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AMD Trinity On The Desktop: A10, A8, And A6 Get Benchmarked!

Socket Compatibility And The A85X FCH

Want Trinity? You Need A New Motherboard

Perhaps the biggest downer for early adopters of AMD’s Fusion initiative is the quickness with which the company is deprecating support for the Socket FM1 interface used to enable desktop-class Llano APUs. In much the same way that Intel replaced LGA 1156 with a very similarly-sized LGA 1155, AMD’s existing 905-pin socket is giving way to a 904-pin one.

Presumably, changes to the FM2 interface came about due to power delivery, since the PCIe and DDR3 I/Os shouldn’t be any different. Whatever the reason, though, Llano-based APUs won’t drop into FM2-equipped boards, and Trinity-based APUs won’t work in platforms with Socket FM1. As you can see in the image above, Socket FM2, on the left, and FM1, on the right, are keyed completely differently.

Meet The New A85X FCH

Although Trinity-based APUs are not socket-compatible with Llano, there’s nothing precluding motherboard vendors from attaching existing Fusion Controller Hubs to the new processor’s four-lane UMI interface. We actually have two FM2-equipped motherboards in the lab: ASRock’s FM2A75 Pro4 and a platform based on A85X, formerly referred to as Hudson-D4.

In reality, the two chipsets are pretty hard to tell apart. Basically, A85X gives you eight SATA 6Gb/s-capable ports, RAID 5 support, and the ability to divide the APU’s 16 lanes of PCI Express 2.0 into a pair of x8 links.

Otherwise, you’re looking at the same combination of USB 2.0 and 3.0 ports (4 + 10), the same four-lane Unified Media Interface, four lanes of second-gen PCIe, and four-channel audio (along with FIS-based switching, mSATA support, legacy PCI, and so on). AMD has not yet added PCI Express 3.0 support to any of its platforms, and isn’t expected to for some time.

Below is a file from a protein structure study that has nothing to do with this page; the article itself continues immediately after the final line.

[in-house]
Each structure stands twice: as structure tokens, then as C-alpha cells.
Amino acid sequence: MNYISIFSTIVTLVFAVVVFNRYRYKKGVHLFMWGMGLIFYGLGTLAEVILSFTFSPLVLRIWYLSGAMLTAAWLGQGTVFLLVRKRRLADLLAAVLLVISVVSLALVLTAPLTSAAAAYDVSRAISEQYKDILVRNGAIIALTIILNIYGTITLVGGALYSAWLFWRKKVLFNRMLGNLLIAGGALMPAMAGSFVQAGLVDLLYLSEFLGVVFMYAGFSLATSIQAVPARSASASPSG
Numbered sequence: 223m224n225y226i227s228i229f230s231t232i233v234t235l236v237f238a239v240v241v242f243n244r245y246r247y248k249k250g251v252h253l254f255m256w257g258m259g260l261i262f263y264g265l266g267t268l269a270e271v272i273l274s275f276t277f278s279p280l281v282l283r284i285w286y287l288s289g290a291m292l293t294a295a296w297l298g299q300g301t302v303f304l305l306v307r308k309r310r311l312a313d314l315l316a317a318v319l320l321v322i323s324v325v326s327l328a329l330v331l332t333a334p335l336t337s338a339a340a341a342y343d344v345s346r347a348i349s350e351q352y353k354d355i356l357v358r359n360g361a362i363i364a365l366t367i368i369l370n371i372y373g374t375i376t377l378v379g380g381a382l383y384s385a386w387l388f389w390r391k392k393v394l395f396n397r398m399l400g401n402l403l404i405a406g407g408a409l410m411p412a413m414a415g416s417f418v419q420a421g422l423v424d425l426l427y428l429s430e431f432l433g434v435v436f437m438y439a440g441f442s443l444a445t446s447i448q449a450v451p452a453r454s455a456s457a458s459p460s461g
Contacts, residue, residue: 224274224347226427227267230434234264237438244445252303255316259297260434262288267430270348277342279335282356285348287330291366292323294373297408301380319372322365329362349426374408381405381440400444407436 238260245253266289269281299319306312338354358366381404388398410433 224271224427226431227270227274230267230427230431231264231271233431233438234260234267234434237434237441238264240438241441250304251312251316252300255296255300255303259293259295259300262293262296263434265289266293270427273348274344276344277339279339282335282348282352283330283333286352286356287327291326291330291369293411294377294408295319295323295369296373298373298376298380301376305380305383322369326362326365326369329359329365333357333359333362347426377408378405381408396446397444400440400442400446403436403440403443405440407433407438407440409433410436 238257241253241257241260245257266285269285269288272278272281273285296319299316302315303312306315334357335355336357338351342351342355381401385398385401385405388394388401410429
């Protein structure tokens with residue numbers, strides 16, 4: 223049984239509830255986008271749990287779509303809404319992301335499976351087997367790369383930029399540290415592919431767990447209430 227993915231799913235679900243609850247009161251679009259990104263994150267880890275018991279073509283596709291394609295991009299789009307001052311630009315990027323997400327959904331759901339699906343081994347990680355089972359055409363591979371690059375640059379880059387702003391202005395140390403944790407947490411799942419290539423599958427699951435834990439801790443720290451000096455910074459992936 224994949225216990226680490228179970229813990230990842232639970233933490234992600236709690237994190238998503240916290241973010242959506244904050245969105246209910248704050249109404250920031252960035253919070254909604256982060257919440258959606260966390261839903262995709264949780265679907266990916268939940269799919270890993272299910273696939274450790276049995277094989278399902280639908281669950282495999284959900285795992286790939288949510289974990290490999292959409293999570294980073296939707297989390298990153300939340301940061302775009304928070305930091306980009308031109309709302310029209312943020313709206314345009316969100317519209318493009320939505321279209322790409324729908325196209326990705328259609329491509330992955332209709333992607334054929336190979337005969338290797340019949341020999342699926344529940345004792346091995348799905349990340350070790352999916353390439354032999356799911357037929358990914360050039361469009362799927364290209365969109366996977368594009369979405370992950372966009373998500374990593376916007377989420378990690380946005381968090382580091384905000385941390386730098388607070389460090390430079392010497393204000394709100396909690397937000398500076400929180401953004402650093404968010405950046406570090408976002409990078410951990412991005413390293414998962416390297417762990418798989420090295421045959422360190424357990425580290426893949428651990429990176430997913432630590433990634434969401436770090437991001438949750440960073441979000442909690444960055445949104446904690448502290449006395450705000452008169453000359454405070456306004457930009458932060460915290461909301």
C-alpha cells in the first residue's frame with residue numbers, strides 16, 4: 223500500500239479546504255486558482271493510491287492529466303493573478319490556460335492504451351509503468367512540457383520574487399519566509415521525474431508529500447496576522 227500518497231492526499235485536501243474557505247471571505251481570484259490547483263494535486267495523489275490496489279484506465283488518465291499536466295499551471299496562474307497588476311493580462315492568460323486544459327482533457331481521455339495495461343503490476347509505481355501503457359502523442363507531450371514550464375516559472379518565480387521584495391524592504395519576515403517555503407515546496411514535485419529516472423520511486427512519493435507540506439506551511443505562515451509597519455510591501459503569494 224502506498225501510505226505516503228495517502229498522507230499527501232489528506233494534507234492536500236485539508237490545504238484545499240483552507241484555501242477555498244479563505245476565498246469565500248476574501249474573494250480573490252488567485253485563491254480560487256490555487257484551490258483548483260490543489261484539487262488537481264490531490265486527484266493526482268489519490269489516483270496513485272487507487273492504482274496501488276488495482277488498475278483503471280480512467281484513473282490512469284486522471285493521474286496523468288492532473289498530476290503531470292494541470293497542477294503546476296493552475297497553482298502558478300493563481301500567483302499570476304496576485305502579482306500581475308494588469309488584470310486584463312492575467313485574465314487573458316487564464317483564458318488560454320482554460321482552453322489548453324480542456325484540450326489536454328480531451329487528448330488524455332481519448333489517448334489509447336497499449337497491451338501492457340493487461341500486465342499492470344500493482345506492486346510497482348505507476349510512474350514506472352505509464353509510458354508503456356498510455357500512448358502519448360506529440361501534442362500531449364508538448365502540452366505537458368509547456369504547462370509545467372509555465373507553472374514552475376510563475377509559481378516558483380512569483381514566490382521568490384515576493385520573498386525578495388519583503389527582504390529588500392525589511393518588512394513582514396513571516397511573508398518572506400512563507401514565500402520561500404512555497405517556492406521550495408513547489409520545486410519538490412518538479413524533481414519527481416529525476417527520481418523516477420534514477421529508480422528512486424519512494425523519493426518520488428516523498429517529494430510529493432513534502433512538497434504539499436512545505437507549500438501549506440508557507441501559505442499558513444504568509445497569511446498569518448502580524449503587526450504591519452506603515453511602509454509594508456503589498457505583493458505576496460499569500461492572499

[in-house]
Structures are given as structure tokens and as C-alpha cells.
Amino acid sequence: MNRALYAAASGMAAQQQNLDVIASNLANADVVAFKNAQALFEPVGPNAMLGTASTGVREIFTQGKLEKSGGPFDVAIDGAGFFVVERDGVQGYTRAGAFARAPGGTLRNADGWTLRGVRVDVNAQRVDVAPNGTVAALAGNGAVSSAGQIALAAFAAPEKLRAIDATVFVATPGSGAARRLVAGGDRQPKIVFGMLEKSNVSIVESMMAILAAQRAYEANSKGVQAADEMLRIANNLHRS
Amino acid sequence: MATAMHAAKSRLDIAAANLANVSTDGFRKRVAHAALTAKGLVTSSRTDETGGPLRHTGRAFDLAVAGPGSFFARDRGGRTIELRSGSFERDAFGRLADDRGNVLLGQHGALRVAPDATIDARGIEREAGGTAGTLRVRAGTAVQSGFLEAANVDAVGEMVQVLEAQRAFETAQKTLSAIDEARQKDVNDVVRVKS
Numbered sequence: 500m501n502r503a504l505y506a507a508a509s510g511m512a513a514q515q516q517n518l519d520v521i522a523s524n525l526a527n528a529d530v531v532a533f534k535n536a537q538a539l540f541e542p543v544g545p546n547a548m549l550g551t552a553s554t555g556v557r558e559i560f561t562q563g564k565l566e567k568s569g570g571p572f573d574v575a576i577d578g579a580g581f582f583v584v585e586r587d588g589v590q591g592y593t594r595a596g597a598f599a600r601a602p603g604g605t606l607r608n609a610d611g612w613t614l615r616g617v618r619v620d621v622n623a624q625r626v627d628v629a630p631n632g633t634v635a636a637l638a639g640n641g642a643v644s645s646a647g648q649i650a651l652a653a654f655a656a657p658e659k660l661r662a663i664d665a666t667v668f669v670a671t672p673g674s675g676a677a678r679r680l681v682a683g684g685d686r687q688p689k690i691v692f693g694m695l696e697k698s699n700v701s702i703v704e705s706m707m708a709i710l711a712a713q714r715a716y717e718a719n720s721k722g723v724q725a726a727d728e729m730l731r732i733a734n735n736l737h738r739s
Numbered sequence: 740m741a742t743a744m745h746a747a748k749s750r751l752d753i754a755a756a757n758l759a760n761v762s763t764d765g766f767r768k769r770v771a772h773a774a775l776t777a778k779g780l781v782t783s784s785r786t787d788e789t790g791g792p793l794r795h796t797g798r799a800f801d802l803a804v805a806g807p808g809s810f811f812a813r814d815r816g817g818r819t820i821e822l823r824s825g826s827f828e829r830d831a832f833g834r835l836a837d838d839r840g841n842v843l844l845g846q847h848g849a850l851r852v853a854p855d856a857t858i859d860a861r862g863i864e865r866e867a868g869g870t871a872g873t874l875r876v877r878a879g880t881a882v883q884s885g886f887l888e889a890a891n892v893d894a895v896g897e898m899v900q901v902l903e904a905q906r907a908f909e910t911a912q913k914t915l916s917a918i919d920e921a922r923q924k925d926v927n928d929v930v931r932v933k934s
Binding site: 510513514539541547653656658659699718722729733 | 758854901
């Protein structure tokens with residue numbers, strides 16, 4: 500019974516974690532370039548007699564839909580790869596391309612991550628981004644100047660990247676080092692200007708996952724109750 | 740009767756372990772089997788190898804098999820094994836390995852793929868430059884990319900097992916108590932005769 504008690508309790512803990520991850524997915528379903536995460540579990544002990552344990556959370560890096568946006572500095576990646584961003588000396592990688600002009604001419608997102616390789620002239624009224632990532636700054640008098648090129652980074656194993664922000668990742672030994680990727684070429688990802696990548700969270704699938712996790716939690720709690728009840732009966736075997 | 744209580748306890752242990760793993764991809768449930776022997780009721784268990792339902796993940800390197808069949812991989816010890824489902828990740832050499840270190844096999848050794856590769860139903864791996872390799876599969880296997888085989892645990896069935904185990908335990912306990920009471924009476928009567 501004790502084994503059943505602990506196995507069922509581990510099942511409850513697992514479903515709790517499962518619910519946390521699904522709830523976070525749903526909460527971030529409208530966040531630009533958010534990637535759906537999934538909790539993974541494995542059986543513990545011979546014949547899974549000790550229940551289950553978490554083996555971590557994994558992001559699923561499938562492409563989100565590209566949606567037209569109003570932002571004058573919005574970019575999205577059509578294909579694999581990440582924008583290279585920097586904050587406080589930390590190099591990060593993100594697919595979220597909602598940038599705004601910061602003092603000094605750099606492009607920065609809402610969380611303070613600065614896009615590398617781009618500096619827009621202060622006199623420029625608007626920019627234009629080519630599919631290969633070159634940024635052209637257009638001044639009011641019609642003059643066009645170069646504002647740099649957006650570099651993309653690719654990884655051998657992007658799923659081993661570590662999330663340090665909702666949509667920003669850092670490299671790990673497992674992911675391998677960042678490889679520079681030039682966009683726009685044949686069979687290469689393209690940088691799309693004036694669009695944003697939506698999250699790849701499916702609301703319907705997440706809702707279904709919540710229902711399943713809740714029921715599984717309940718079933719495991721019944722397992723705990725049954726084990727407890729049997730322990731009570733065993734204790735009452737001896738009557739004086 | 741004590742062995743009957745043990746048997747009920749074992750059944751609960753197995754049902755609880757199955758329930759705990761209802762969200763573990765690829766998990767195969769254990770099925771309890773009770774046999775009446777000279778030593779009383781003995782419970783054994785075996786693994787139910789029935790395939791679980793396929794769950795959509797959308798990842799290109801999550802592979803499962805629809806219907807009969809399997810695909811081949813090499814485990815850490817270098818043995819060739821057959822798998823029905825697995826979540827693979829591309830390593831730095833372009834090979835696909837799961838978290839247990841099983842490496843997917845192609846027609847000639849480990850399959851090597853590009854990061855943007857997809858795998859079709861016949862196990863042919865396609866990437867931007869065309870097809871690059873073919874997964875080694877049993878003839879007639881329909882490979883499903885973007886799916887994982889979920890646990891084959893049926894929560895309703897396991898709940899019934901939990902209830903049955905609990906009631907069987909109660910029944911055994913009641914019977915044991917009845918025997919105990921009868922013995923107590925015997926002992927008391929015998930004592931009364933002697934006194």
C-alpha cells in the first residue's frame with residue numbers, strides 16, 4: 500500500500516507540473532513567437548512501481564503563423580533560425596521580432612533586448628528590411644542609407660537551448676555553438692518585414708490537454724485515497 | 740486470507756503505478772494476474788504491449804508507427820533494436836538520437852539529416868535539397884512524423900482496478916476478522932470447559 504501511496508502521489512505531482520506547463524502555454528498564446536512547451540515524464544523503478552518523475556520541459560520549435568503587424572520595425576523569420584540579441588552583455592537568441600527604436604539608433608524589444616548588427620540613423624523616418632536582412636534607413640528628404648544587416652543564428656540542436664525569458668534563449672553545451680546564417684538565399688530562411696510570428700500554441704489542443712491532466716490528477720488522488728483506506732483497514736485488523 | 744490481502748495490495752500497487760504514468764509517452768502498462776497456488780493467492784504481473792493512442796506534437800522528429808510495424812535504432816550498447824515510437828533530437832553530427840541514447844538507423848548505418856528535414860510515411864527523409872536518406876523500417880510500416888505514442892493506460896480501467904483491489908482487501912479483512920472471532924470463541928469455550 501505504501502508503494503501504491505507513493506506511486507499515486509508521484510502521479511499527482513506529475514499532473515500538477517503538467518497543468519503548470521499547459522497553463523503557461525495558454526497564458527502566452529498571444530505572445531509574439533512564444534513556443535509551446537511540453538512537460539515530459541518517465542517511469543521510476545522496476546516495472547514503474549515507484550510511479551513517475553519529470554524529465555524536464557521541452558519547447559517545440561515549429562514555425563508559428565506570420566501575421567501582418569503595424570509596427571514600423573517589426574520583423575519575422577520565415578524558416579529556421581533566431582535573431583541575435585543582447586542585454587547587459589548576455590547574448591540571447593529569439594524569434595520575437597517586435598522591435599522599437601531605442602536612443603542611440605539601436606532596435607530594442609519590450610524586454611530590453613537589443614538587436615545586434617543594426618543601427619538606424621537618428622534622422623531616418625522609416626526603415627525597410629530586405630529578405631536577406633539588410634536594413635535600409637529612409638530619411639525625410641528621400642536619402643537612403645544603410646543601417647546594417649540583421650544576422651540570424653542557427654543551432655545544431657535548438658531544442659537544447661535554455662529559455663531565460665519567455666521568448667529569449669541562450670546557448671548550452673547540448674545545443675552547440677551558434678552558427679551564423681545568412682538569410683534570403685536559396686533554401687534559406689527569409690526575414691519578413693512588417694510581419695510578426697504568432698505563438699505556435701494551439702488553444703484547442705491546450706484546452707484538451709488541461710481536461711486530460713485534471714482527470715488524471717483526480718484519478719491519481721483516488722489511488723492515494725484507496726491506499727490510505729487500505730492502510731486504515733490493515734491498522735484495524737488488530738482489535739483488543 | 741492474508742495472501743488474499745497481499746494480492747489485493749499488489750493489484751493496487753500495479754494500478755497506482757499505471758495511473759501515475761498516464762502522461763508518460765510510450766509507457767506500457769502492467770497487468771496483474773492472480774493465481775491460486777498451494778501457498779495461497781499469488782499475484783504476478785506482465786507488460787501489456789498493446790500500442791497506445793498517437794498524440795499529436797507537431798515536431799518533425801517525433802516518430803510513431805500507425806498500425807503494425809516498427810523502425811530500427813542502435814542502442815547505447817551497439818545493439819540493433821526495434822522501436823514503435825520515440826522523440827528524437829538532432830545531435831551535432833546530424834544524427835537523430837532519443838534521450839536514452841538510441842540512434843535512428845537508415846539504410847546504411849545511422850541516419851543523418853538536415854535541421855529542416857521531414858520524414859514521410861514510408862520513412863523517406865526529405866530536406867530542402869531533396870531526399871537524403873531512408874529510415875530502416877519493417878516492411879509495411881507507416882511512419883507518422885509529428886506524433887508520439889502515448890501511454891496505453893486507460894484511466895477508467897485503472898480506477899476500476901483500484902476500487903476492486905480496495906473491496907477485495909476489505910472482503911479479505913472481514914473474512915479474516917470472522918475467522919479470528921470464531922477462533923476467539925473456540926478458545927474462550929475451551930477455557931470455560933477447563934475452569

More than likely, you’ll look to A75-based boards with Socket FM2 interfaces to save a little money, or A85-based platforms as a more feature-complete step up.

  • mayankleoboy1
    Nice scoop, Chris!
    Reply
  • Youngmind
    This is so exciting! AMD is probably going to dominate the lower-end and give the poor gamers like me more bang-for-buck as their IGP get better and better :)!
    Reply
  • dudewitbow
    depending on how its priced, its a really nice alternative for bare budget gaming that opens up a quad core as well
    Reply
  • I can't WAIT for this, HAIL AMD!!!!
    Reply
  • So this means that a 'Crossfired' Trinity APU would beat ANY similarly-priced Intel (CPU+discrete GPU) ???
    Well at least in gaming
    Reply
  • dudewitbow
    JiggerByteSo this means that a 'Crossfired' Trinity APU would beat ANY similarly-priced Intel (CPU+discrete GPU) ???Well at least in gaming
    really the question is what gpus are able to hybrid crossfire with it. the information was never public. not all amd gpus will hybrid crossfire with it.
    Reply
  • Well, where are the Ivy/Sandy i5's and i3's???

    Once they are pitted against each other, that will be A TRUE measure of the APU Trinity's marketability
    Reply
  • mayankleoboy1
    in the OpenCL Winzip benchmark, when openCL is enabled the workload is done only by the iGPU or the CPU as well ?

    i mean what is the processor usage during the benchmark ? are all CPU cores used? or only one?
    Reply
  • cangelini
    mayankleoboy1in the OpenCL Winzip benchmark, when openCL is enabled the workload is done only by the iGPU or the CPU as well ?i mean what is the processor usage during the benchmark ? are all CPU cores used? or only one?Good question--I'll take a look for you.
    Reply
  • monkeymonk
    This is awesome. Glad to hear pile driver is making improvements.
    Reply